LIKE WATER FOR CHOCOLATE, by Laura Esquivel — a love story with recipes.

He had a fairly good Mexico stash, but pretty much anything that looked like entertainment he would score from Title Wave and throw in; he just needed good reading. Reading and flying, after all, were two enduring passions in his life.

“Do you have a Mexico section?” he asked the clerk.

“Of course,” he replied. “Being so close to the border we have lots of interest in Mexico. We even have a Spanish language section.”

He led the gringo around the corner and down some isles and pointed to the Mexico section.

“Gracias,” said the flier and immediately a title waved at him:

MEXICO, by James Michener

The reader had read plenty of Michener and was somewhat bored with Michener but he had to hand it to the author—he was wildly successful. Plus, his books were usually big, as was this one—over two thousand pages. He pulled it off the shelf and right away decided, I’ll take it. He wasn’t sure how he’d missed it so far, but it would keep him busy and it certainly was appropriate for the impending journey. Maybe MEXICO was just that book he could throw in his harness and take flying so he’d always have something to read no matter where he landed.

He spent an hour perusing the stacks of used books at Title Wave and left with a heavy sack of them for six bucks. He got back to the truck and opened his library again and tossed the books in. He kept MEXICO aside and threw it in his harness bag, zipped it inside for when the time came. It looked like now he would be taking MEXICO flying, quite literally.

He glanced again at his growing library of Mexico. He craved something more but didn’t know what, until a brief thought crossed his brain, a flicker of energy:  Wouldn’t it be great to contribute something of my own to Mexico reading someday?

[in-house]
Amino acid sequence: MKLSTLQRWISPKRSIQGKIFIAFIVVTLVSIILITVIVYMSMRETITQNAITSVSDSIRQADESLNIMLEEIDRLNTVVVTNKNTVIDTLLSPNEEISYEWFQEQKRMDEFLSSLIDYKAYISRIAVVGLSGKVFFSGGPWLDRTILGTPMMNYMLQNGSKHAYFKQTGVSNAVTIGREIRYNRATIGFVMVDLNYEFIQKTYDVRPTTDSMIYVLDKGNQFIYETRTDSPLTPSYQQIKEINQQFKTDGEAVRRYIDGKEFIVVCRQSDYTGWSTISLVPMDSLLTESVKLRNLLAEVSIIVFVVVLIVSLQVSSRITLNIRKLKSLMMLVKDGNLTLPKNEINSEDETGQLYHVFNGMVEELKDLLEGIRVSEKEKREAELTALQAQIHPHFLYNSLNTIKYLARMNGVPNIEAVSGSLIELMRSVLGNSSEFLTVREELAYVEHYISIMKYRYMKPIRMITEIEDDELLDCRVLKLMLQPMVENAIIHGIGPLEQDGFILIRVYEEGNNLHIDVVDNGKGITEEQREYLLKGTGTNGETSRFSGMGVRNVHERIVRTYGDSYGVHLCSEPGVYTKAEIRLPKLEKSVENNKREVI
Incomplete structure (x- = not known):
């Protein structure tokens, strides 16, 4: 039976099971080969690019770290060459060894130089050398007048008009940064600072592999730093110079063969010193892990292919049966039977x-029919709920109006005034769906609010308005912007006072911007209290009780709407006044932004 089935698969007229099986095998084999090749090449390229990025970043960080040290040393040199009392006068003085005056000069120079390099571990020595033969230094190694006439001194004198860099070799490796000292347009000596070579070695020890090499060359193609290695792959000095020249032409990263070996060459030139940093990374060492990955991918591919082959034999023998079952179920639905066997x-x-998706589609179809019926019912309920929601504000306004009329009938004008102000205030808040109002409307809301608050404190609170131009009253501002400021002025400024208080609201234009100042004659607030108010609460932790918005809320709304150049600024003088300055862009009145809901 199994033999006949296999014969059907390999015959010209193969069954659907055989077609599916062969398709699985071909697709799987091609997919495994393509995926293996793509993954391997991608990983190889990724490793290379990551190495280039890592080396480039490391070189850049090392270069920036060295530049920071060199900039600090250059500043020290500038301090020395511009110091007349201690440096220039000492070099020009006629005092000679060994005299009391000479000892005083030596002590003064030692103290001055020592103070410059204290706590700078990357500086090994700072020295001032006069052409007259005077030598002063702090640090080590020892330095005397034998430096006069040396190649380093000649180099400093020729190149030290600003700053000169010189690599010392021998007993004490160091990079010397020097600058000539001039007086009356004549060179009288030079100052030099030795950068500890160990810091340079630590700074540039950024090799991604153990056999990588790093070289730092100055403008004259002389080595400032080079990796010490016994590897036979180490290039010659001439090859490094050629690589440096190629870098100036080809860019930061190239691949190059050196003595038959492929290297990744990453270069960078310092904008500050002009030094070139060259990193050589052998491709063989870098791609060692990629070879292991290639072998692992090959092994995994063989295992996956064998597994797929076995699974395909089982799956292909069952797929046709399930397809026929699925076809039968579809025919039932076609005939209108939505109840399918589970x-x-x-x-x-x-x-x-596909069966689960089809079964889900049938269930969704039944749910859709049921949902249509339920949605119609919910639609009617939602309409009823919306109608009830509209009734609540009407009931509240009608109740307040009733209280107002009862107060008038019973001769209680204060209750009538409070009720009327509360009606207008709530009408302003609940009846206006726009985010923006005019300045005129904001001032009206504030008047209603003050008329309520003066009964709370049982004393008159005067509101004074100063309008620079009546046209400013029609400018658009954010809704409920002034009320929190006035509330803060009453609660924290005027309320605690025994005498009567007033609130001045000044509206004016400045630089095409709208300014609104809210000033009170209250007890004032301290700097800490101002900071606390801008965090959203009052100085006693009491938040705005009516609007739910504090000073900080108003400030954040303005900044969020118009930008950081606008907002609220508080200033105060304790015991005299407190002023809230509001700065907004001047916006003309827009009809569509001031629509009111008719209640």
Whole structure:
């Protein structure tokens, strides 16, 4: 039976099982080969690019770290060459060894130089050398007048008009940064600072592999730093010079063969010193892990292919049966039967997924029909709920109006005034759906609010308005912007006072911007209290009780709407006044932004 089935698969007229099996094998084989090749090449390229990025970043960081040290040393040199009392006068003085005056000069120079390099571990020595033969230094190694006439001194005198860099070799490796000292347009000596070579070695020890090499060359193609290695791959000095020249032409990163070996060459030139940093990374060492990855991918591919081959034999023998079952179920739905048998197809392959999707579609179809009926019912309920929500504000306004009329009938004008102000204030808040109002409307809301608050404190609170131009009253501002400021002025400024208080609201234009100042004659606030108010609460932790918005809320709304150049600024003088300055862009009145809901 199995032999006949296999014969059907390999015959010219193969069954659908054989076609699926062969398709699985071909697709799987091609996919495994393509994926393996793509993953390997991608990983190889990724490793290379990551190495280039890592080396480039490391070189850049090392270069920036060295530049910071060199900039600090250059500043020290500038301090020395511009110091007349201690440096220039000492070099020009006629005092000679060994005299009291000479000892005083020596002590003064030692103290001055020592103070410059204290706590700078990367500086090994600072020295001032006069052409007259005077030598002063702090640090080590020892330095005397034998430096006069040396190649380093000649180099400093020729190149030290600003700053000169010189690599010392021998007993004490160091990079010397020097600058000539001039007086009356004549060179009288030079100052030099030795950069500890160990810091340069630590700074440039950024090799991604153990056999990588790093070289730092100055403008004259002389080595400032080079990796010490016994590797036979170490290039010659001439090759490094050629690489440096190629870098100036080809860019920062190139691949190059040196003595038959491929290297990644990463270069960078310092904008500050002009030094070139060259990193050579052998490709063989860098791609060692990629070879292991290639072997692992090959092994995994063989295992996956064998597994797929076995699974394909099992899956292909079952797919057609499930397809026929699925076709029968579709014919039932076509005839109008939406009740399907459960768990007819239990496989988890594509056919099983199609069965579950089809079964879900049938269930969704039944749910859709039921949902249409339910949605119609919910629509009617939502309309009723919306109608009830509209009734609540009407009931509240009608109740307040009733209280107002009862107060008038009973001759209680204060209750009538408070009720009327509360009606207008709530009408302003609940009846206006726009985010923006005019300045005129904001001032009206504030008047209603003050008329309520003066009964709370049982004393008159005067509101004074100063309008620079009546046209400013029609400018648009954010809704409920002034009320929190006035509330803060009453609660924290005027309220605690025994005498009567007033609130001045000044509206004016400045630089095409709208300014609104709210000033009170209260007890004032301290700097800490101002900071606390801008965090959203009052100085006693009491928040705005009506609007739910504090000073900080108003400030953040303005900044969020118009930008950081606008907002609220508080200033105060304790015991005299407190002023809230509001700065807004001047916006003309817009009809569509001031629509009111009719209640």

Well, it seemed rather unlikely but ¿quien sabe? He certainly had a subject in mind—hang gliding. Only Mankind’s Most Ancient Dream that’s all; to fly with the birds.

To spread feathery wings and climb effortlessly across the sky and gaze regally down upon the masses.

To reach out a hand and touch the face of Dios.

To turn arduous journeys into larks.

And heck, he was the gringo who knew Mexico best from the sky. He was the gringo who was getting to know Mexico like no other gringo ever had the pleasure—from above.

Heck too, not even Feathered Serpent—Quetzalcóatl himself—had ever come to know Mexico from above quite like this gringo.

He fired up the Ford and peeled out of the bookstore parking lot. He merged in traffic for I-19 south, hot for the border. He stepped on the gas and quickly hit cruise speed. He was a happy gringo and he went rocking down the highway.

By God! He was taking MEXICO flying.


by John Quinn Olson

Rincon de la Chingasa


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  1. John Olson says:

    Hola Lorena and Carlos! I’m just back from another winter of flying with the Free Mexican Air Force and I am stoked to find my thrilling novel posted in your blog. Gracias amigos!